A good word and a good value Antiques: Moxie was once a product, then a high-risk investment. If you bought a lot of it, a lot of moxie is what you had. Now the memorabilia has the moxie.

July 07, 1996|By Ralph Kovel and Terry Kovel | Ralph Kovel and Terry Kovel,KING FEATURES SYNDICATE

Names often become part of our language, and the words can develop meanings that are far removed from their origins.

The fourth Earl of Sandwich liked taking quick snacks at the gambling table. His name came to mean a kind of food.

Moxie Nerve Food was first served in 1876 in Salem, Mass. By the 1880s it was added to a carbonated soda and offered in drug stores. When Moxie stock was offered for sale to the public, the soda was still a new product, and it was a high-risk investment for the time. Only daring investors bought the stock. It was said that such people had "a lot of moxie," first meaning "a lot of stock," later meaning "a lot of nerve."

People collect the many Moxie advertising items, including paper fans, postcards, signs, bottles, trays and clocks.

One of the most expensive pieces of Moxie memorabilia is the Moxie advertising clock made in the early days of the company. The clock is worth more than $7,500.

Moxie is still being made and is sold in New England.

I saw an old wooden toy in an antiques store. It involved flipping a small clown figure from one wire to the other. The sign said it was made by the Wright brothers of airplane fame. Can you help me?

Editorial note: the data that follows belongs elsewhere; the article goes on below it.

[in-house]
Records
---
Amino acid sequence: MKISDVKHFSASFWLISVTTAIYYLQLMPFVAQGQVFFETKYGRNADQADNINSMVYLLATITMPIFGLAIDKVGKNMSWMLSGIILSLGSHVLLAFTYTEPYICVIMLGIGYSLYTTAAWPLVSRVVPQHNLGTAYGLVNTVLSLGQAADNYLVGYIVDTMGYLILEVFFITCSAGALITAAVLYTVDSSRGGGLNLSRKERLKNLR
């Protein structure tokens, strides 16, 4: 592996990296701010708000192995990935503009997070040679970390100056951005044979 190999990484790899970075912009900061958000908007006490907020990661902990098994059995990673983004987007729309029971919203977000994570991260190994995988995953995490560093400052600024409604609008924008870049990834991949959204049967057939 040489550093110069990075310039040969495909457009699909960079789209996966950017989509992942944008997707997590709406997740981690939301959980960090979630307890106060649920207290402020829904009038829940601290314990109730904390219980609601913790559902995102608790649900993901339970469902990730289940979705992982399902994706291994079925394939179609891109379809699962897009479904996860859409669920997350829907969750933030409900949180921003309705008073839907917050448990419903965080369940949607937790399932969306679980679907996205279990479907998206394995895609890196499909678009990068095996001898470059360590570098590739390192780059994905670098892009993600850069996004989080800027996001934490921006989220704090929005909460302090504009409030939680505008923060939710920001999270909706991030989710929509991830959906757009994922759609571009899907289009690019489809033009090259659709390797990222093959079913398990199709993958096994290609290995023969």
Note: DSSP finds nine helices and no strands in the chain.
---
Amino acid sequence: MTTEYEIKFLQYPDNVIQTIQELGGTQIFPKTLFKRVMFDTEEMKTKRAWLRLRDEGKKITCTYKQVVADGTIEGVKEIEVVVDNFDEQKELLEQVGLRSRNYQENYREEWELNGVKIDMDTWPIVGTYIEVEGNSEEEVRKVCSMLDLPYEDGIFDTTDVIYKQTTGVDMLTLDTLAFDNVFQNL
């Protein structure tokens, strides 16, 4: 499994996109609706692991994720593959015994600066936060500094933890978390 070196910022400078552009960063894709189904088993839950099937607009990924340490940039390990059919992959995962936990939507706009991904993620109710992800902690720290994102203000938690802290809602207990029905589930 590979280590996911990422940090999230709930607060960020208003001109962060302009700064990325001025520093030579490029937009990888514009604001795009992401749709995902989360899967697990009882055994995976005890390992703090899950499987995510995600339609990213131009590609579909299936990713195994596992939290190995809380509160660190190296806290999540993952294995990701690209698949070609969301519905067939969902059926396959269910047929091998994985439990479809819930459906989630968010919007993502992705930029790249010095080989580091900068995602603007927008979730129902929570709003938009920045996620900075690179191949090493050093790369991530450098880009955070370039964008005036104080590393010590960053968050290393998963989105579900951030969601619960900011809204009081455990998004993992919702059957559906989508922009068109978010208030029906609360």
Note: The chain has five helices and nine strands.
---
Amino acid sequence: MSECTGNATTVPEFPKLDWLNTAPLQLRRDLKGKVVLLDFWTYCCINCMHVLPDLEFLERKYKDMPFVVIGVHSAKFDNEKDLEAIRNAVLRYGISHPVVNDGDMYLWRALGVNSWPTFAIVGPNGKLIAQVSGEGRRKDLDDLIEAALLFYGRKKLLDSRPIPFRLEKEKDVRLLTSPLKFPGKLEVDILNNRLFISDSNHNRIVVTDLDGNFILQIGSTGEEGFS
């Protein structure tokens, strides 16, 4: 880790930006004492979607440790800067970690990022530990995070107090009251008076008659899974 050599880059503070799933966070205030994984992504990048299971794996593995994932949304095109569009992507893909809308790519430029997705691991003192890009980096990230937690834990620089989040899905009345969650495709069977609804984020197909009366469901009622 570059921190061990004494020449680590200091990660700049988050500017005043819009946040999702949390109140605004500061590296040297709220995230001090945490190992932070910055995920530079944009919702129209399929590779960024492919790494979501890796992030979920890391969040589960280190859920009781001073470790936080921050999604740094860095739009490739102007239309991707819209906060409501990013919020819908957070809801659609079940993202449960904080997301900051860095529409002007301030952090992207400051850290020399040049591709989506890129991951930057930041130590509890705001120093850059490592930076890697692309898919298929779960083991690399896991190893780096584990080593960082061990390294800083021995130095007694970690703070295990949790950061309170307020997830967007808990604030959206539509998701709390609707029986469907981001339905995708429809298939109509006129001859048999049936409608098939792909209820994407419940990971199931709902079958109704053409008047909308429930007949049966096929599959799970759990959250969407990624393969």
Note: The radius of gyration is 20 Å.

Orville Wright patented the Flips and Flops toy in 1925, 22 years after he and his brother, Wilbur, made the first airplane flight. Legend has it that Orville first made the toy to entertain his nieces and nephews. Eventually, the toy was manufactured by the Miami Wood Specialty Co. of Dayton, Ohio.

I have been collecting Wade figures for several years. What's the story behind them?

The Wade Group of Potteries started in 1810 near Burslem, England. The potteries merged around the turn of the century to become George Wade & Son Ltd., which made giftware, promotional items and industrial products. The company stopped making giftware from 1965 until the early 1970s. Its figurines include those packaged with Red Rose tea.

The Kovels welcome letters and answer as many as possible through the column. Unfortunately, the volume of mail makes personal answers impossible. Write to Kovels, The Baltimore Sun, King Features Syndicate Inc., 235 E. 45th St., New York, N.Y. 10017. If you wish other information about antiques, include a self-addressed, stamped (55 cents) envelope, and the Kovels will send you a listing of helpful books and publications.

Pub Date: 7/07/96

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